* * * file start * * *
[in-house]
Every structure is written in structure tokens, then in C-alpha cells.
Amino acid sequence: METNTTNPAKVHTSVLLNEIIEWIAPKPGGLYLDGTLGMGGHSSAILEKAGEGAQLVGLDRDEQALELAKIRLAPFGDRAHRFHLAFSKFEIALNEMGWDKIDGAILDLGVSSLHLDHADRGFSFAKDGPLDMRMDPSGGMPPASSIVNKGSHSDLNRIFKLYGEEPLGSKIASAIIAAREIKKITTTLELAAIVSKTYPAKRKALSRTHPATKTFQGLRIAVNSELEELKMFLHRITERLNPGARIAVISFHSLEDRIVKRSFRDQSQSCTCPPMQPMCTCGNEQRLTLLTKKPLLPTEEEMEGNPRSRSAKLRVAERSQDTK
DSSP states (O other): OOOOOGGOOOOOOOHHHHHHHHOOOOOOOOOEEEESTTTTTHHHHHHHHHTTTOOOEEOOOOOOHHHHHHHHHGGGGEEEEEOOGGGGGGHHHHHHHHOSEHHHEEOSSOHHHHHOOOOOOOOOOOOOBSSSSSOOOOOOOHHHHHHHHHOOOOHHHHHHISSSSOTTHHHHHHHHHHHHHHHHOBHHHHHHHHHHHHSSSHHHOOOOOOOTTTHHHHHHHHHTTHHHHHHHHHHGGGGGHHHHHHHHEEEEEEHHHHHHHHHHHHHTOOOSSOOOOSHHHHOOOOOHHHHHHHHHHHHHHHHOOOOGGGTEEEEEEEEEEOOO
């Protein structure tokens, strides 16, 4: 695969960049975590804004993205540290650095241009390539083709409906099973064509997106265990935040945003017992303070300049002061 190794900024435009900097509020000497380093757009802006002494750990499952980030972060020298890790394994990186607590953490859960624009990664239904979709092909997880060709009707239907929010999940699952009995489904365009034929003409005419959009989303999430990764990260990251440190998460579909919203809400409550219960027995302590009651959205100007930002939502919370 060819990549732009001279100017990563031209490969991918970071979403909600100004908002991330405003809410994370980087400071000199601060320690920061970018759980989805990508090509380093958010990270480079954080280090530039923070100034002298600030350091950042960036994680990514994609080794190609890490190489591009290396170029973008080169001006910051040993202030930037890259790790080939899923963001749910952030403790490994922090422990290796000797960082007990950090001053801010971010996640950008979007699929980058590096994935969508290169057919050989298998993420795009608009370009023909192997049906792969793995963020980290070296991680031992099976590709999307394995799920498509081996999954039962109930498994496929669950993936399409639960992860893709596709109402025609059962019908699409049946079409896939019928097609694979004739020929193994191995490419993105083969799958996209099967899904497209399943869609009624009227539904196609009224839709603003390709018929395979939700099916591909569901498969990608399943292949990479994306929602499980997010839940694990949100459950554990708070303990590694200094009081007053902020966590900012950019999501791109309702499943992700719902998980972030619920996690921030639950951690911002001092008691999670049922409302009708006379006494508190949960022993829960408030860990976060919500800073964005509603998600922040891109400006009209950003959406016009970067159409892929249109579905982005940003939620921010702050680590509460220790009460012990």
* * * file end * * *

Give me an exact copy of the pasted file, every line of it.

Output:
[in-house]
Every structure is written in structure tokens, then in C-alpha cells.
Amino acid sequence: METNTTNPAKVHTSVLLNEIIEWIAPKPGGLYLDGTLGMGGHSSAILEKAGEGAQLVGLDRDEQALELAKIRLAPFGDRAHRFHLAFSKFEIALNEMGWDKIDGAILDLGVSSLHLDHADRGFSFAKDGPLDMRMDPSGGMPPASSIVNKGSHSDLNRIFKLYGEEPLGSKIASAIIAAREIKKITTTLELAAIVSKTYPAKRKALSRTHPATKTFQGLRIAVNSELEELKMFLHRITERLNPGARIAVISFHSLEDRIVKRSFRDQSQSCTCPPMQPMCTCGNEQRLTLLTKKPLLPTEEEMEGNPRSRSAKLRVAERSQDTK
DSSP states (O other): OOOOOGGOOOOOOOHHHHHHHHOOOOOOOOOEEEESTTTTTHHHHHHHHHTTTOOOEEOOOOOOHHHHHHHHHGGGGEEEEEOOGGGGGGHHHHHHHHOSEHHHEEOSSOHHHHHOOOOOOOOOOOOOBSSSSSOOOOOOOHHHHHHHHHOOOOHHHHHHISSSSOTTHHHHHHHHHHHHHHHHOBHHHHHHHHHHHHSSSHHHOOOOOOOTTTHHHHHHHHHTTHHHHHHHHHHGGGGGHHHHHHHHEEEEEEHHHHHHHHHHHHHTOOOSSOOOOSHHHHOOOOOHHHHHHHHHHHHHHHHOOOOGGGTEEEEEEEEEEOOO
């Protein structure tokens, strides 16, 4: 695969960049975590804004993205540290650095241009390539083709409906099973064509997106265990935040945003017992303070300049002061 190794900024435009900097509020000497380093757009802006002494750990499952980030972060020298890790394994990186607590953490859960624009990664239904979709092909997880060709009707239907929010999940699952009995489904365009034929003409005419959009989303999430990764990260990251440190998460579909919203809400409550219960027995302590009651959205100007930002939502919370 060819990549732009001279100017990563031209490969991918970071979403909600100004908002991330405003809410994370980087400071000199601060320690920061970018759980989805990508090509380093958010990270480079954080280090530039923070100034002298600030350091950042960036994680990514994609080794190609890490190489591009290396170029973008080169001006910051040993202030930037890259790790080939899923963001749910952030403790490994922090422990290796000797960082007990950090001053801010971010996640950008979007699929980058590096994935969508290169057919050989298998993420795009608009370009023909192997049906792969793995963020980290070296991680031992099976590709999307394995799920498509081996999954039962109930498994496929669950993936399409639960992860893709596709109402025609059962019908699409049946079409896939019928097609694979004739020929193994191995490419993105083969799958996209099967899904497209399943869609009624009227539904196609009224839709603003390709018929395979939700099916591909569901498969990608399943292949990479994306929602499980997010839940694990949100459950554990708070303990590694200094009081007053902020966590900012950019999501791109309702499943992700719902998980972030619920996690921030639950951690911002001092008691999670049922409302009708006379006494508190949960022993829960408030860990976060919500800073964005509603998600922040891109400006009209950003959406016009970067159409892929249109579905982005940003939620921010702050680590509460220790009460012990």